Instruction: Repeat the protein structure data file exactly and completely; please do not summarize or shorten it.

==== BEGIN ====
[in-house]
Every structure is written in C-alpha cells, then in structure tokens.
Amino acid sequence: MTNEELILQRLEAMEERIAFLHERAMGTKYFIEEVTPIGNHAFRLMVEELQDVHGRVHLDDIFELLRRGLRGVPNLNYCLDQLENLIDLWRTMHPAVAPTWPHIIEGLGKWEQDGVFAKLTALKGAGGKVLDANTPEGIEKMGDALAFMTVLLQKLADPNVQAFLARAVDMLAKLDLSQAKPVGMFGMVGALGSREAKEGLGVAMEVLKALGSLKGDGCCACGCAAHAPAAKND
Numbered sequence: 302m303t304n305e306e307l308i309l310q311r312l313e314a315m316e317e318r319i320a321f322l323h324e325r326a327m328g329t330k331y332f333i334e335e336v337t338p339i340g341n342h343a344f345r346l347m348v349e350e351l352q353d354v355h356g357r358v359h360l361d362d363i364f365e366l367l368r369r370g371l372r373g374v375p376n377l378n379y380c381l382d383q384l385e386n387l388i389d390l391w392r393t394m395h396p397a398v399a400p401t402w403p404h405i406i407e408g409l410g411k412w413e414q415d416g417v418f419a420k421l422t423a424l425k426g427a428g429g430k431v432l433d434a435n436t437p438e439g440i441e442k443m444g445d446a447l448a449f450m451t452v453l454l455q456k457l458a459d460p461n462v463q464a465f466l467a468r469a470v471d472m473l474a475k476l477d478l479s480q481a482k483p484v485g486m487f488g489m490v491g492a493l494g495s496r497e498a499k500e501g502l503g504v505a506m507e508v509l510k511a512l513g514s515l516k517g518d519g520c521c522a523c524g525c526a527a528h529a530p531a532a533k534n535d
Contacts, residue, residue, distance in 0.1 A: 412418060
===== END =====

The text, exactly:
[in-house]
Every structure is written in C-alpha cells, then in structure tokens.
Amino acid sequence: MTNEELILQRLEAMEERIAFLHERAMGTKYFIEEVTPIGNHAFRLMVEELQDVHGRVHLDDIFELLRRGLRGVPNLNYCLDQLENLIDLWRTMHPAVAPTWPHIIEGLGKWEQDGVFAKLTALKGAGGKVLDANTPEGIEKMGDALAFMTVLLQKLADPNVQAFLARAVDMLAKLDLSQAKPVGMFGMVGALGSREAKEGLGVAMEVLKALGSLKGDGCCACGCAAHAPAAKND
Numbered sequence: 302m303t304n305e306e307l308i309l310q311r312l313e314a315m316e317e318r319i320a321f322l323h324e325r326a327m328g329t330k331y332f333i334e335e336v337t338p339i340g341n342h343a344f345r346l347m348v349e350e351l352q353d354v355h356g357r358v359h360l361d362d363i364f365e366l367l368r369r370g371l372r373g374v375p376n377l378n379y380c381l382d383q384l385e386n387l388i389d390l391w392r393t394m395h396p397a398v399a400p401t402w403p404h405i406i407e408g409l410g411k412w413e414q415d416g417v418f419a420k421l422t423a424l425k426g427a428g429g430k431v432l433d434a435n436t437p438e439g440i441e442k443m444g445d446a447l448a449f450m451t452v453l454l455q456k457l458a459d460p461n462v463q464a465f466l467a468r469a470v471d472m473l474a475k476l477d478l479s480q481a482k483p484v485g486m487f488g489m490v491g492a493l494g495s496r497e498a499k500e501g502l503g504v505a506m507e508v509l510k511a512l513g514s515l516k517g518d519g520c521c522a523c524g525c526a527a528h529a530p531a532a533k534n535d
Contacts, residue, residue, distance in 0.1 A: 412418060